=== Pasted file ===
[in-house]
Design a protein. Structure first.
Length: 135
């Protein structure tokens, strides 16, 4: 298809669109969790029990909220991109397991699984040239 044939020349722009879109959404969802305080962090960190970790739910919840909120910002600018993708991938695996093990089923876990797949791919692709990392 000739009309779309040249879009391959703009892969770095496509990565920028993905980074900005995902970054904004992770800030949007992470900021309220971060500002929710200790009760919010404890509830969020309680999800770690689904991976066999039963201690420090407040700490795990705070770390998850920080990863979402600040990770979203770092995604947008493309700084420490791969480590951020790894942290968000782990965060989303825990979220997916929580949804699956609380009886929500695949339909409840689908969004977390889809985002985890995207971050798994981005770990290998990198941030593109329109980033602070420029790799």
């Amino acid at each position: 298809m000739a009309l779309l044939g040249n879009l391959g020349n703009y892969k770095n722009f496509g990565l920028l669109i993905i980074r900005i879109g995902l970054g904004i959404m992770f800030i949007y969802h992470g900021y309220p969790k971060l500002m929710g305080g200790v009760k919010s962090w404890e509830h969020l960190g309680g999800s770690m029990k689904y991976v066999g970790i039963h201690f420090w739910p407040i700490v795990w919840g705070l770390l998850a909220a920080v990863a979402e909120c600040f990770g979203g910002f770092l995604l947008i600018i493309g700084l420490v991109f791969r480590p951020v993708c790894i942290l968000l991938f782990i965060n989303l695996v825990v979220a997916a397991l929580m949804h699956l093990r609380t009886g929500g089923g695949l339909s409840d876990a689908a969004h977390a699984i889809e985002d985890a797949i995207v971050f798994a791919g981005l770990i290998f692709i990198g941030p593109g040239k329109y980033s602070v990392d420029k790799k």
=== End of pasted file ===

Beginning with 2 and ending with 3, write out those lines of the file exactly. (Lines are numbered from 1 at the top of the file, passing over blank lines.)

Design a protein. Structure first.
Length: 135